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Old 04-20-2004, 08:11 PM
Oddessa Oddessa is offline
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Join Date: Feb 2001
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Default Charity bingo game was allegedly jackpot for crooks

Charity bingo game was allegedly jackpot for crooks

April 20, 2004


The bingo case went to trial Monday before U.S. District Judge James Zagel. You probably haven't heard much about it.

It's hardly the hottest action in the Dirksen Federal Building this week with the trial of psycho hate monger Matt Hale winding down and jury selection gearing up in the case of insurance broker extraordinaire Michael Segal. I'll get to them another day.

But there's just something irresistible about the whole concept of a charity bingo game run amok.

That's what federal prosecutors say happened in west suburban Northlake during the mid-1990s when a politically connected bunch of shady entrepreneurs hit upon the idea of using various posts of the Italian-American War Veterans to front a bingo parlor from which they allegedly skimmed at least $2.9 million.

You wouldn't think there was that much money to be made from bingo, but it can be a nice little business, especially if you know how to work the skim, and some of the original defendants in the federal case were caught on tape bragging about just how good they were at it.

The feds collected more than 1,000 hours of videotape from a camera hidden in the back room of the Grand Palace Bingo Hall, and a state revenue agent made 66 undercover visits posing as a bingo player to figure out how they were doing it.

But the feds never got around to charging anybody until two years ago, apparently never having come up with what they were primarily seeking: a provable link between the bingo operation and reputed Chicago mobster Jimmy Cozzo, who at the time was running a luxury hotel-casino on the Caribbean island of Curacao.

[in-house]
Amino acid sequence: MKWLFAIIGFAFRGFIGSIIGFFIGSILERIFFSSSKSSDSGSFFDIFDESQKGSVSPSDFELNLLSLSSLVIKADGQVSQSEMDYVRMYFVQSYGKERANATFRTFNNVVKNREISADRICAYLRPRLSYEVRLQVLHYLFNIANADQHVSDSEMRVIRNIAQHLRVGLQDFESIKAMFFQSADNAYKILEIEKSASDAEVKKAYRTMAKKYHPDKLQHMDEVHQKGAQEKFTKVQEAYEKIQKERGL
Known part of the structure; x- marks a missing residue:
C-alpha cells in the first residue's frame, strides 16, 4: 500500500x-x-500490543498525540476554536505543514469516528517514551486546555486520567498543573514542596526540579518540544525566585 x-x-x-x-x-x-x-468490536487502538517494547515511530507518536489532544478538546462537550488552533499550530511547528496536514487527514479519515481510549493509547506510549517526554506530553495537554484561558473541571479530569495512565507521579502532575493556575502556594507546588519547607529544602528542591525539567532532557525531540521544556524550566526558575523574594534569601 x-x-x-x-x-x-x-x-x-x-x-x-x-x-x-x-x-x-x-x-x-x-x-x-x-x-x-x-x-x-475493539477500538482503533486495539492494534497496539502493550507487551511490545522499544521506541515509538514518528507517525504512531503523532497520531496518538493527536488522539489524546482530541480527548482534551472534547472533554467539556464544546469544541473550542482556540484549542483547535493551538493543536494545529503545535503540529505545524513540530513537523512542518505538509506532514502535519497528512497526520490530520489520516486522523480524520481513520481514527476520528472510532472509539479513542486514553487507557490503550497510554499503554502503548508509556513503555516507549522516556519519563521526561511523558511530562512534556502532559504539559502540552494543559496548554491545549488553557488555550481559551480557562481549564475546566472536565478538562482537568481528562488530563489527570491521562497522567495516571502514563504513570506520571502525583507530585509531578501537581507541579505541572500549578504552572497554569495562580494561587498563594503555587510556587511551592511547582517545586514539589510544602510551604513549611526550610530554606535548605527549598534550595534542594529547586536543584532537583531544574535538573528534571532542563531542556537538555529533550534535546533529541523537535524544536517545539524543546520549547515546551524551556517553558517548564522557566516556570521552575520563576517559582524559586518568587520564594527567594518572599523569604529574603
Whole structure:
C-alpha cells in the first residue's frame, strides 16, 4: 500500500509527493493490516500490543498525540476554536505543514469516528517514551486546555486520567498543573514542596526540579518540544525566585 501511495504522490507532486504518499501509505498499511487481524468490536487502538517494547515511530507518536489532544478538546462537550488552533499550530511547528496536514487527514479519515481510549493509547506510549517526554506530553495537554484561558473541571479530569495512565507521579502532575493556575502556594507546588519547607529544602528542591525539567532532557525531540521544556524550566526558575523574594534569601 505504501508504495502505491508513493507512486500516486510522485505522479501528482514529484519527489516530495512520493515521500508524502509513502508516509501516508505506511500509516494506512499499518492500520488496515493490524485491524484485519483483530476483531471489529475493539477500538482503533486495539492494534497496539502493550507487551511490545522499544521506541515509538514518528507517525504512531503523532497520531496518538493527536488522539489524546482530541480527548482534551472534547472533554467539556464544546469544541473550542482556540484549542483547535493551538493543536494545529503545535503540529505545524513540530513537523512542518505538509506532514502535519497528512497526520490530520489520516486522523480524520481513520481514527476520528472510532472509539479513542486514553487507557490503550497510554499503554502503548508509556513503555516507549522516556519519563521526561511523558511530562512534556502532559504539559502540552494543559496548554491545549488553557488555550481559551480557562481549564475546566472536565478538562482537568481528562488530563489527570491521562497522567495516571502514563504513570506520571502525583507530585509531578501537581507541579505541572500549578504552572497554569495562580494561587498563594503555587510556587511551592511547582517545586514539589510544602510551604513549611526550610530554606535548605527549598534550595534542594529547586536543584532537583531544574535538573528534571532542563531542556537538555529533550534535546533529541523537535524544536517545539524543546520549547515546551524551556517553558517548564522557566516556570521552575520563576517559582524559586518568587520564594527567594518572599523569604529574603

They did indict Cozzo's son, Phillip, 46, who they say was a hidden owner in the business.

Passing the buck

A sharply dressed and well-tanned Phillip Cozzo listened with a bemused expression while slowly working over his chewing gum as Assistant U.S. Attorney John Scully and defense attorney Ray Smith laid out differing views of the case in their opening statements.

Scully portrayed the younger Cozzo as having a central role in a racketeering conspiracy, while Smith said he was nothing more than a part-time employee paid a small salary to serve primarily as the "host" at the bingo parlor, valuable to the business because of his ties to the old Italian-American neighborhood on the Near West Side. Smith said Cozzo's mother, aunts and friends were bingo enthusiasts who frequented the Grand Palace.

Cozzo was joined at the defense table by Fuat "Frank" Useni, an Albanian immigrant who ran the kitchen in the bingo parlor before becoming an owner. The stress of being a criminal defendant in federal court was much more evident on Useni's tired visage.

Two other defendants died before the case came to trial, including one of the key figures, William Shlifka, a convicted ghost payroller who passed away last week. Shlifka, a onetime leader in the New Republican Organization of Chicago, suffered from cancer. A third alleged conspirator died before the charges were even brought.

That should make this trial a natural for the vaunted Dead Guy Defense, as in, the dead guy did it.

Three other defendants, however, have pleaded guilty and are expected to testify for the prosecution, which could complicate matters for Cozzo and Useni.

Hard to pin down

Despite the allegations, the state never has shut down the Grand Palace. The federal government's theory of the case is that the Italian-American War Veterans posts were the victims of the scheme because they should have been getting more of the money that was taken in by the Grand Palace operators. But the truth is that some of the leaders of the veterans' group were involved, and the others were willfully looking the other way because the bingo provided them more revenue than they'd ever seen previously.

As I once mentioned, I spent a lot of time trying to figure out the Grand Palace scam myself during the period that the Shlifka-Cozzo bunch was running it, having been tipped by a guy trying to run a legitimate church bingo game that couldn't compete with the fancier operation that didn't play by the rules.

I even played some bingo myself there one night, but could barely keep up with the number-calling. If you don't mind the smoke, you should see serious bingo players go at it some night. It's an experience.

Unfortunately, I could never prove enough about what they were doing to get a story into the paper, and the church had to fold its bingo game, which has always made me feel a little guilty.

If you're thinking that might be why I was in Zagel's courtroom instead of sinking my hooks into Hale or Segal, I've got one word for you.

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